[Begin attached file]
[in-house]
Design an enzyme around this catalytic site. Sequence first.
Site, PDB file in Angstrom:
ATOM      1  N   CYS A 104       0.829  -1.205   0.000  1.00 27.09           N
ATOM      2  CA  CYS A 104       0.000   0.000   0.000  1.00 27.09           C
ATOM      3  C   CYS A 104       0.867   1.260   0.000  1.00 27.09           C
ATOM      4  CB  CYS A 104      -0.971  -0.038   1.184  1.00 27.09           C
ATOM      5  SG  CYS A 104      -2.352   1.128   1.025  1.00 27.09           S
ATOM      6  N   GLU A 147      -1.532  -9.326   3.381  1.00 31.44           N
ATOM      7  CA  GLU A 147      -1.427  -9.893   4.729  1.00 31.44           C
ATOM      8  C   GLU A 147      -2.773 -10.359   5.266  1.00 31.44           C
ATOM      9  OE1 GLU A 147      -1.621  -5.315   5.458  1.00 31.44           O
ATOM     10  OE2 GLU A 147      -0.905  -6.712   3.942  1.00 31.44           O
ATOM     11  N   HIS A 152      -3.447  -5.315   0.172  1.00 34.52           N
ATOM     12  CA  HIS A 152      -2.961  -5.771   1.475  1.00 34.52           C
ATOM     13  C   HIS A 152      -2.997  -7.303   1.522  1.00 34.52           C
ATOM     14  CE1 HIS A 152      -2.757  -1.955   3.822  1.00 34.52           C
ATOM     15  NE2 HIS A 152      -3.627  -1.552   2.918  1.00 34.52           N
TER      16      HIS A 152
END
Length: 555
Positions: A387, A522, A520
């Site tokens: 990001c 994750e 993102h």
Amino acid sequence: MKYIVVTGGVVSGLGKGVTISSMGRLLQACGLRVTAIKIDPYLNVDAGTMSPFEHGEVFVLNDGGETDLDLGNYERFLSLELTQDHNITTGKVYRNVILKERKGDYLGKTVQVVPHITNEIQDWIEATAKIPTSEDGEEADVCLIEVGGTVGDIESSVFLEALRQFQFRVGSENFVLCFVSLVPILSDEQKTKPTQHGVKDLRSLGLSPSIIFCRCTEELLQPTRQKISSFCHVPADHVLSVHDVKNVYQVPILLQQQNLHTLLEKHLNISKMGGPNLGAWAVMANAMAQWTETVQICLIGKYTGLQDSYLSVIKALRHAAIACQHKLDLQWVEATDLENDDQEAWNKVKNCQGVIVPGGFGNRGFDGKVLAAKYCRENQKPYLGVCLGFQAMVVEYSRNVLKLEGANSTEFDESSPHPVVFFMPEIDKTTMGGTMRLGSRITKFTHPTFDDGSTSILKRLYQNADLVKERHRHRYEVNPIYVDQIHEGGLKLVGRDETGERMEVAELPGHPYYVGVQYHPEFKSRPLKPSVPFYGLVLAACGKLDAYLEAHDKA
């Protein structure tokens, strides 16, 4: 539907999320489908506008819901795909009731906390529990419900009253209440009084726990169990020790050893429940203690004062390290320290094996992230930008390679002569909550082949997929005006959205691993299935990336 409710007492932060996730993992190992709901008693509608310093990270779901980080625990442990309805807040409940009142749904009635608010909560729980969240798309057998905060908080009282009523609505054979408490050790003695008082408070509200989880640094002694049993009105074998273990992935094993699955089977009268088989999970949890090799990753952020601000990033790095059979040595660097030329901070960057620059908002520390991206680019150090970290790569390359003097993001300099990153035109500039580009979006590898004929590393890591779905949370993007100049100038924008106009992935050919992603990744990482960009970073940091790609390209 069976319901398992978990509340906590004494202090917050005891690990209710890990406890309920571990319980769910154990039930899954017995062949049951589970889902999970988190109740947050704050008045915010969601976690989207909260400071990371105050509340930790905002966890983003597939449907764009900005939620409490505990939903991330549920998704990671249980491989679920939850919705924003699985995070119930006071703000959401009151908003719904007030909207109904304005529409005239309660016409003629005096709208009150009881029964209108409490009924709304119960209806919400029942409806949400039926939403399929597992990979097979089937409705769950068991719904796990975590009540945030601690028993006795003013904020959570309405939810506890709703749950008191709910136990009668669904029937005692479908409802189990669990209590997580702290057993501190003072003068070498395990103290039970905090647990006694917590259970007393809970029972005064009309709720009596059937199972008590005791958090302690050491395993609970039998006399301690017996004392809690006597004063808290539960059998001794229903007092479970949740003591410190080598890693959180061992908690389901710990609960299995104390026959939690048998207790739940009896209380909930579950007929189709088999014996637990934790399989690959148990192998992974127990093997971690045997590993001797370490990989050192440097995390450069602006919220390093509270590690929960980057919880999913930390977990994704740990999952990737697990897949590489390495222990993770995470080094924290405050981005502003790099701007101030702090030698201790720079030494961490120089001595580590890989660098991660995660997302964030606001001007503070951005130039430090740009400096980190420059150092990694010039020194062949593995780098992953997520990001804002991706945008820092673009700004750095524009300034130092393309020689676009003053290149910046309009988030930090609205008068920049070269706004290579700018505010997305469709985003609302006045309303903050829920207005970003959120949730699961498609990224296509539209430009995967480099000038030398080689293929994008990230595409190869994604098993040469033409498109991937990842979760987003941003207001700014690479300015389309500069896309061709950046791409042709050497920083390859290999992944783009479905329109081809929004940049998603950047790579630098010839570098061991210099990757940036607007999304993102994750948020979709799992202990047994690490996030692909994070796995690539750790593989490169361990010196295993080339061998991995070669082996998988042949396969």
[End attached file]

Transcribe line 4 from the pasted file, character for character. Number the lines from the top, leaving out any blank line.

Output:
ATOM      1  N   CYS A 104       0.829  -1.205   0.000  1.00 27.09           N